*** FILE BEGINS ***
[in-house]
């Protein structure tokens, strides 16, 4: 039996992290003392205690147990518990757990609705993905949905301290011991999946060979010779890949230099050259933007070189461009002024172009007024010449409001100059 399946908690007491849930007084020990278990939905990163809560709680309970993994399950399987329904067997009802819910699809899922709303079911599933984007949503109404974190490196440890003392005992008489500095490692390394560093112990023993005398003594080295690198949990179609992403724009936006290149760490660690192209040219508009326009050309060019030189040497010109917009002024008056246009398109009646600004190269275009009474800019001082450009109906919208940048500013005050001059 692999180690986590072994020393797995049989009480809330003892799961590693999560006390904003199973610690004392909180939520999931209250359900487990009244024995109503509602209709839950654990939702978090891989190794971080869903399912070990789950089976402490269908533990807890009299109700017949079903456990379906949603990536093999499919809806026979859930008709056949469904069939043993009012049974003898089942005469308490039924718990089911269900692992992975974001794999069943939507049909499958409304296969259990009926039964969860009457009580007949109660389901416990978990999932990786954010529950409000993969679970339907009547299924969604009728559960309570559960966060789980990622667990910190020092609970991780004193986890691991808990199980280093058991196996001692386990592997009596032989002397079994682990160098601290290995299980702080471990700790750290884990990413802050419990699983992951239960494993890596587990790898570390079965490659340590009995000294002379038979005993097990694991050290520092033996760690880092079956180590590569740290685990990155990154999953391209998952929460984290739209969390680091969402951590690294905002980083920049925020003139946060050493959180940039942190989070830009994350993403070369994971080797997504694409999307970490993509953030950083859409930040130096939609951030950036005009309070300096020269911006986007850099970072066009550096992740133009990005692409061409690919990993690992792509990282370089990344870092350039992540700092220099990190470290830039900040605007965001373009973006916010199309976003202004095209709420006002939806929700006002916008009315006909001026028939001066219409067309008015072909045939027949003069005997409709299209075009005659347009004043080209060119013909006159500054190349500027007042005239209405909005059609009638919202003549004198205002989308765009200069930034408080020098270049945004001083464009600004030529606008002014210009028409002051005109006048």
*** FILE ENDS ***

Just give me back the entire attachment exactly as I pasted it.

[in-house]
């Protein structure tokens, strides 16, 4: 039996992290003392205690147990518990757990609705993905949905301290011991999946060979010779890949230099050259933007070189461009002024172009007024010449409001100059 399946908690007491849930007084020990278990939905990163809560709680309970993994399950399987329904067997009802819910699809899922709303079911599933984007949503109404974190490196440890003392005992008489500095490692390394560093112990023993005398003594080295690198949990179609992403724009936006290149760490660690192209040219508009326009050309060019030189040497010109917009002024008056246009398109009646600004190269275009009474800019001082450009109906919208940048500013005050001059 692999180690986590072994020393797995049989009480809330003892799961590693999560006390904003199973610690004392909180939520999931209250359900487990009244024995109503509602209709839950654990939702978090891989190794971080869903399912070990789950089976402490269908533990807890009299109700017949079903456990379906949603990536093999499919809806026979859930008709056949469904069939043993009012049974003898089942005469308490039924718990089911269900692992992975974001794999069943939507049909499958409304296969259990009926039964969860009457009580007949109660389901416990978990999932990786954010529950409000993969679970339907009547299924969604009728559960309570559960966060789980990622667990910190020092609970991780004193986890691991808990199980280093058991196996001692386990592997009596032989002397079994682990160098601290290995299980702080471990700790750290884990990413802050419990699983992951239960494993890596587990790898570390079965490659340590009995000294002379038979005993097990694991050290520092033996760690880092079956180590590569740290685990990155990154999953391209998952929460984290739209969390680091969402951590690294905002980083920049925020003139946060050493959180940039942190989070830009994350993403070369994971080797997504694409999307970490993509953030950083859409930040130096939609951030950036005009309070300096020269911006986007850099970072066009550096992740133009990005692409061409690919990993690992792509990282370089990344870092350039992540700092220099990190470290830039900040605007965001373009973006916010199309976003202004095209709420006002939806929700006002916008009315006909001026028939001066219409067309008015072909045939027949003069005997409709299209075009005659347009004043080209060119013909006159500054190349500027007042005239209405909005059609009638919202003549004198205002989308765009200069930034408080020098270049945004001083464009600004030529606008002014210009028409002051005109006048």